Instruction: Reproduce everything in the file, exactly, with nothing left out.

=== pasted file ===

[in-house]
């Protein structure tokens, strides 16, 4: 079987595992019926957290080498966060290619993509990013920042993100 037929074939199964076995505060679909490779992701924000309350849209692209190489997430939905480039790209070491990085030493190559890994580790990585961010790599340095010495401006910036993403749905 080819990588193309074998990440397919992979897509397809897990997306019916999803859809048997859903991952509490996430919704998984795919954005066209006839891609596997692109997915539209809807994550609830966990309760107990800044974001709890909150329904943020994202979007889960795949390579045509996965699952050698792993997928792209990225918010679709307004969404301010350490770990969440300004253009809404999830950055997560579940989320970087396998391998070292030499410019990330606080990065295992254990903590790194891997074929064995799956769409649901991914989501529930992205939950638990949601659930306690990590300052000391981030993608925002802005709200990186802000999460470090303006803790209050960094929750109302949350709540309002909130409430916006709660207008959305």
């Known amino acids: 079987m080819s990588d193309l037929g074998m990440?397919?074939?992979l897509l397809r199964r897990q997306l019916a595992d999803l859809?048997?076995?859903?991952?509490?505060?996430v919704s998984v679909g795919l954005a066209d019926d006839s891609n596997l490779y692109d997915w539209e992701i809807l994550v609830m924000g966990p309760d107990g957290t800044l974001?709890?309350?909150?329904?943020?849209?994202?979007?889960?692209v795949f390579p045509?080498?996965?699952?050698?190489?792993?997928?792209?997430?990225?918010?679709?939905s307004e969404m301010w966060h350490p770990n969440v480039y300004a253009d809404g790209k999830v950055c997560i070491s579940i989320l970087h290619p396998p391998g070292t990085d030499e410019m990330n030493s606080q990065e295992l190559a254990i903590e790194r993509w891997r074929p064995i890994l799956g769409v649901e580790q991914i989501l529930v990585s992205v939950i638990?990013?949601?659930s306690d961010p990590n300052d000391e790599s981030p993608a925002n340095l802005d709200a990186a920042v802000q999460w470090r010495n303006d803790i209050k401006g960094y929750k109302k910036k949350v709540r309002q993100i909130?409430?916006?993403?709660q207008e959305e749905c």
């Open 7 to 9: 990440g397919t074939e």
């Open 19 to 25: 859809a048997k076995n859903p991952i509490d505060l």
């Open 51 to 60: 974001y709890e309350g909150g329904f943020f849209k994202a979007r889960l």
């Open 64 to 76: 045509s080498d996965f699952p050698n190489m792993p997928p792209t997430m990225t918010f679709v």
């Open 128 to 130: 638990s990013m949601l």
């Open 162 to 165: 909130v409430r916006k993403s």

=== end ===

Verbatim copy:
[in-house]
């Protein structure tokens, strides 16, 4: 079987595992019926957290080498966060290619993509990013920042993100 037929074939199964076995505060679909490779992701924000309350849209692209190489997430939905480039790209070491990085030493190559890994580790990585961010790599340095010495401006910036993403749905 080819990588193309074998990440397919992979897509397809897990997306019916999803859809048997859903991952509490996430919704998984795919954005066209006839891609596997692109997915539209809807994550609830966990309760107990800044974001709890909150329904943020994202979007889960795949390579045509996965699952050698792993997928792209990225918010679709307004969404301010350490770990969440300004253009809404999830950055997560579940989320970087396998391998070292030499410019990330606080990065295992254990903590790194891997074929064995799956769409649901991914989501529930992205939950638990949601659930306690990590300052000391981030993608925002802005709200990186802000999460470090303006803790209050960094929750109302949350709540309002909130409430916006709660207008959305």
């Known amino acids: 079987m080819s990588d193309l037929g074998m990440?397919?074939?992979l897509l397809r199964r897990q997306l019916a595992d999803l859809?048997?076995?859903?991952?509490?505060?996430v919704s998984v679909g795919l954005a066209d019926d006839s891609n596997l490779y692109d997915w539209e992701i809807l994550v609830m924000g966990p309760d107990g957290t800044l974001?709890?309350?909150?329904?943020?849209?994202?979007?889960?692209v795949f390579p045509?080498?996965?699952?050698?190489?792993?997928?792209?997430?990225?918010?679709?939905s307004e969404m301010w966060h350490p770990n969440v480039y300004a253009d809404g790209k999830v950055c997560i070491s579940i989320l970087h290619p396998p391998g070292t990085d030499e410019m990330n030493s606080q990065e295992l190559a254990i903590e790194r993509w891997r074929p064995i890994l799956g769409v649901e580790q991914i989501l529930v990585s992205v939950i638990?990013?949601?659930s306690d961010p990590n300052d000391e790599s981030p993608a925002n340095l802005d709200a990186a920042v802000q999460w470090r010495n303006d803790i209050k401006g960094y929750k109302k910036k949350v709540r309002q993100i909130?409430?916006?993403?709660q207008e959305e749905c």
């Open 7 to 9: 990440g397919t074939e």
């Open 19 to 25: 859809a048997k076995n859903p991952i509490d505060l």
């Open 51 to 60: 974001y709890e309350g909150g329904f943020f849209k994202a979007r889960l």
């Open 64 to 76: 045509s080498d996965f699952p050698n190489m792993p997928p792209t997430m990225t918010f679709v």
């Open 128 to 130: 638990s990013m949601l």
């Open 162 to 165: 909130v409430r916006k993403s």